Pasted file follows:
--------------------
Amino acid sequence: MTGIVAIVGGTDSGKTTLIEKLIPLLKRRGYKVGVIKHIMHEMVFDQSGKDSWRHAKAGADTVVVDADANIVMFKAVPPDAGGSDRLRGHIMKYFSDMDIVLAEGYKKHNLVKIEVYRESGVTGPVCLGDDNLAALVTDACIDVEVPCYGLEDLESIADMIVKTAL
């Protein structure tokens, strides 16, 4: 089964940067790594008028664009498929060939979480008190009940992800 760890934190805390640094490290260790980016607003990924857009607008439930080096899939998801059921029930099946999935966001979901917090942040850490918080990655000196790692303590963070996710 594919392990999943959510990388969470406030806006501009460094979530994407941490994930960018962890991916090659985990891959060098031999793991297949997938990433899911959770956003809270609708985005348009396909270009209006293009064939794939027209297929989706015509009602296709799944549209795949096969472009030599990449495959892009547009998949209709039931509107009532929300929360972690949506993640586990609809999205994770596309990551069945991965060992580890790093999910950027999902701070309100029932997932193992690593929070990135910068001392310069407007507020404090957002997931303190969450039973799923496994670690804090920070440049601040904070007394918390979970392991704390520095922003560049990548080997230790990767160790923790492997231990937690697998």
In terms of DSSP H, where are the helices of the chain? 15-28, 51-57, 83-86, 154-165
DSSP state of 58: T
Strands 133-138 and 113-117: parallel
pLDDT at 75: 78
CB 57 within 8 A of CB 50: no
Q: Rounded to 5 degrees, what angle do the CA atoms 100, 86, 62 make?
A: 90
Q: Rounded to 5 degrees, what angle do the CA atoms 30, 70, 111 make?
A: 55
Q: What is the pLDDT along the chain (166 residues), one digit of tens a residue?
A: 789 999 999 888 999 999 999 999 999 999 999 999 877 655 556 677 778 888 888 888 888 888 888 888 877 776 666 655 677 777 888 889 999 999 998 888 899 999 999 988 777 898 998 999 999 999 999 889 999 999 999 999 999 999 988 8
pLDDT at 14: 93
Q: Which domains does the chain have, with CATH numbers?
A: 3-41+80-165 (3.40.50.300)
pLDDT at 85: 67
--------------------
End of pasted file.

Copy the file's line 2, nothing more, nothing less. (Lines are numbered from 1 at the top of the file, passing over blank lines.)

């Protein structure tokens, strides 16, 4: 089964940067790594008028664009498929060939979480008190009940992800 760890934190805390640094490290260790980016607003990924857009607008439930080096899939998801059921029930099946999935966001979901917090942040850490918080990655000196790692303590963070996710 594919392990999943959510990388969470406030806006501009460094979530994407941490994930960018962890991916090659985990891959060098031999793991297949997938990433899911959770956003809270609708985005348009396909270009209006293009064939794939027209297929989706015509009602296709799944549209795949096969472009030599990449495959892009547009998949209709039931509107009532929300929360972690949506993640586990609809999205994770596309990551069945991965060992580890790093999910950027999902701070309100029932997932193992690593929070990135910068001392310069407007507020404090957002997931303190969450039973799923496994670690804090920070440049601040904070007394918390979970392991704390520095922003560049990548080997230790990767160790923790492997231990937690697998």